Tuesday, January 27, 2009

"Post No. 603"

Oh, pleaseeee, Paul. So it isn't SO!

Sunday, January 25, 2009

"Post No. 602"

I was thinking that perhaps Marvel had released that "Fantastic Four Lost Adventure" as an actual comic, but wasn't sure. However, a friend told me that they did, so I'll probably pick up a copy. Always easier to read it in that format.

Finally got in a lot of 21 misc. books; some magazines and the rest mostly alternative-type titles. A real "mish-mosh" of stuff that ranged from the 1970's thru the early 1990's.

The earliest of this lot was a copy of Smile #2 (1970), published by Krupp, and falls in the underground comix catagory. Already had this but will probably keep the extra issue as it's a Beatles' app. (on the back cover); one in my Beatles stuff and one in the "regular' collection. Some nice early work in this by Dennis Kitchen.

There was also one of the "Zippy Quarterlies", a character that I always get a kick out of, and a
National Lampoon from '73 w/Bode' and Jeff Jones (I don't own a whole lot of issues of NatLamp these days so it's always good to get back an early copy). And there was a mid-70's Heavy Metal w/Mobius among other oddities, but the best of the magazine-size stuff was a 1980 Australian reprint of DC characters called Creature of the Unknown which is 96 pages in length, and reprints (in B&W) stories from Swamp Thing V1 #'s 15 thru 18, plus Rip Hunter...Time Master #15 (see above scan).

In the regular-size comics there were items such as a 4th. Print. of Kevin Smith's Clerks, which was pretty funny, actually. All about those guys trying to make a fortune off of "Star Wars" short-packed action figures, and Death Rattle #7, a Matt Wagner/Mike Allred issue of Grendel B&W #3 (which completed a set of those for me), a couple of issues of Peter Bagge's Hate, a Hotstuff #4 w/Morrow work (NOT the Harvey humor character, but an underground), a DC Justice, Inc. L.S. #1 w/Baker art, a Star*Reach #10 (an issue I didn't have) and some misc. A good batch of reading.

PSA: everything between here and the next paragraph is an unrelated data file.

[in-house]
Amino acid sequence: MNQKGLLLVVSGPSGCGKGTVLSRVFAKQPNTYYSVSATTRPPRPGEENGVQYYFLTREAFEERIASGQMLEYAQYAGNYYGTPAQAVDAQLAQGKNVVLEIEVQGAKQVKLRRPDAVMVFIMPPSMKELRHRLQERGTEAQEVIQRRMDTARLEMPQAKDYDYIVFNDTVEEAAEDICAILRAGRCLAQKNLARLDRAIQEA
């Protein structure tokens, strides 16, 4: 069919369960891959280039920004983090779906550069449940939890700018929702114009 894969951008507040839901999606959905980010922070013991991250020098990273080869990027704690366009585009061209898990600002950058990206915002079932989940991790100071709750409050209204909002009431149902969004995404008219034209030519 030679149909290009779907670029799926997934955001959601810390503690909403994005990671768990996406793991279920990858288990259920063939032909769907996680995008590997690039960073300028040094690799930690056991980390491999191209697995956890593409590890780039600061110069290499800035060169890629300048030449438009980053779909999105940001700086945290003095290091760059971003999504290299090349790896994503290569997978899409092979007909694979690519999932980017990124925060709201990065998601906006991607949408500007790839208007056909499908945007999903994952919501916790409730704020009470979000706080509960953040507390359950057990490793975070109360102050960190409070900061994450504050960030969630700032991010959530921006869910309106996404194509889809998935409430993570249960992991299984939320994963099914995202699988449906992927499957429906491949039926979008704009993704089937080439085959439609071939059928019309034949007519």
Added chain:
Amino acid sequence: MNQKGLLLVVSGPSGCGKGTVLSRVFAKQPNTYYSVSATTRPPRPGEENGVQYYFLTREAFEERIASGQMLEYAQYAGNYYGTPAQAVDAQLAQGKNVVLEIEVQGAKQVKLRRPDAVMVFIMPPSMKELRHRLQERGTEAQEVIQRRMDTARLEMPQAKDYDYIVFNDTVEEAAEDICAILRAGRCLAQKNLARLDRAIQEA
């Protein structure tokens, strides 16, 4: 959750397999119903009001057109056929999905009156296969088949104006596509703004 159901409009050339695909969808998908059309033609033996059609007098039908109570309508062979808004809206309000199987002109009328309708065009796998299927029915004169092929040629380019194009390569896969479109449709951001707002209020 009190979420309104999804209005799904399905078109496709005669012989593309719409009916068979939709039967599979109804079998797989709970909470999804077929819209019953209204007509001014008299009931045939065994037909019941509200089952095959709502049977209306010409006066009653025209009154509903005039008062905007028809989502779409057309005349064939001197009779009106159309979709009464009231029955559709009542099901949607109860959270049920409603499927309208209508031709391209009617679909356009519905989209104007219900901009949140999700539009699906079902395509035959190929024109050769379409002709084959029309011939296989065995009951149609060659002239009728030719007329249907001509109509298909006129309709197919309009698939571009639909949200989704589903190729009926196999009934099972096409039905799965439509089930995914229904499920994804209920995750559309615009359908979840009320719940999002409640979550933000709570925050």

I also will be getting in the rest of the issues from V1 of Marvel's The Ultimates soon and will be reviewing same.

And since I didn't have anything better to do today I decided to re-list a few lots on ebay just to "test the current watrs" for sales. (For those interested you can view them Here.)

Hoping that we'll miss the worst blunt of an approaching Winter storm moving in Monday-Tuesday this week!

Wednesday, January 21, 2009

"Post No. 601"

The above pic is courtesy of Urlesque as their choice of the single worst comic book panel they're recently seen. As one person commented on it, "It outta be made into a t-shirt!"

Something interesting I noticed here lately. Remember that cover of Classics Illustrated Special Edition "The Story of Jesus" #129 (1958) that I post here occasionally at Christmas and Easter? My own personal copy from my collection? Well, upon looking at listings for CISEs, I noticed that they didn't have that variation in their gallery. They had the one where Jesus is standing on the mount, but not the 3 camels cover. So I submitted a scan of mine and, lo & behold, they are currently using it. Yes, This Scan is my actual copy. (How's 'bout dat?)